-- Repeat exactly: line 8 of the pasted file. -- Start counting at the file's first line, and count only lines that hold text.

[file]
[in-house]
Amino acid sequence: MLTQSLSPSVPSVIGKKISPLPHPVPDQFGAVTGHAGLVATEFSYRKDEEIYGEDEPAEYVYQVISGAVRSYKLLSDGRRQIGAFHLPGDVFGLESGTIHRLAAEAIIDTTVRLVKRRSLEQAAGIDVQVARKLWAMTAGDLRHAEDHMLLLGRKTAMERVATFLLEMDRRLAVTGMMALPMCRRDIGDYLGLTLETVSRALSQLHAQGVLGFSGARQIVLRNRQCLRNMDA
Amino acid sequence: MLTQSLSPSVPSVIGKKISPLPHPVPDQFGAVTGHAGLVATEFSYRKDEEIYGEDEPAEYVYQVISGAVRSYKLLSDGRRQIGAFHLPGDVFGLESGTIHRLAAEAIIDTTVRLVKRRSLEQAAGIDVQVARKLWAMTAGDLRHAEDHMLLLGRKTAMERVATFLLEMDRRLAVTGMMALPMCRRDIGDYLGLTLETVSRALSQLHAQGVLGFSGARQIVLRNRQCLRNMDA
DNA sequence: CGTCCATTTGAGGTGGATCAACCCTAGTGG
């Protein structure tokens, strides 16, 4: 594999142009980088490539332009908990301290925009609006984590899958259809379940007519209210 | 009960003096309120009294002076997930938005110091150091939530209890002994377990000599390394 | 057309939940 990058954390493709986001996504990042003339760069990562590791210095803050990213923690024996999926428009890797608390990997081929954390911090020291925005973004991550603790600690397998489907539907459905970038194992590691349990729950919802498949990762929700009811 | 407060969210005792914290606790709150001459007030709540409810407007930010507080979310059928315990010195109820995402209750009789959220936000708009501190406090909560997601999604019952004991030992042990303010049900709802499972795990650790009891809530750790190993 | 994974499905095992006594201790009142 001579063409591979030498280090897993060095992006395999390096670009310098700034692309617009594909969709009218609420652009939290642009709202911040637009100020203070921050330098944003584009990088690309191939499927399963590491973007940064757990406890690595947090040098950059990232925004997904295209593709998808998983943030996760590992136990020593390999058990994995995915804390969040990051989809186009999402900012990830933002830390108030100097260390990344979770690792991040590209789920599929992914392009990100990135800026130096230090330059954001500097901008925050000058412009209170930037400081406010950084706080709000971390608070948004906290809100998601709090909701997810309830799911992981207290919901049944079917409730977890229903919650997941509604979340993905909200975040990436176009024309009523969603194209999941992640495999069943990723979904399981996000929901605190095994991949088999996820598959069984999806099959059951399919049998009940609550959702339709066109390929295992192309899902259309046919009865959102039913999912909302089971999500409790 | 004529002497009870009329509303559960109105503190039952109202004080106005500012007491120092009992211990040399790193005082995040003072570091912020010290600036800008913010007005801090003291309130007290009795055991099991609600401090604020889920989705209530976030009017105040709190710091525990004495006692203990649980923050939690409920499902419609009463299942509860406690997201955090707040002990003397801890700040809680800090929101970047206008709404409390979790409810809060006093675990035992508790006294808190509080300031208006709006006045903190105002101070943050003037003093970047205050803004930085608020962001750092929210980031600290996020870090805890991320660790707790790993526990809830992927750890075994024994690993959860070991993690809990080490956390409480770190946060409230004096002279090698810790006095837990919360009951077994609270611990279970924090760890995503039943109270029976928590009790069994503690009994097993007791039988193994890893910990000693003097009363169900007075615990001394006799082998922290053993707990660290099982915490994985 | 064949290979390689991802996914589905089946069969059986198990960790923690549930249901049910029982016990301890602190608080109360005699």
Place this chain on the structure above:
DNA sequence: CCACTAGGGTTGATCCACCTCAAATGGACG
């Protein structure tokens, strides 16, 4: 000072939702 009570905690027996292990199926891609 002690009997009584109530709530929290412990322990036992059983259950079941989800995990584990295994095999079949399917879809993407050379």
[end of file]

């Protein structure tokens, strides 16, 4: 000072939702 009570905690027996292990199926891609 002690009997009584109530709530929290412990322990036992059983259950079941989800995990584990295994095999079949399917879809993407050379």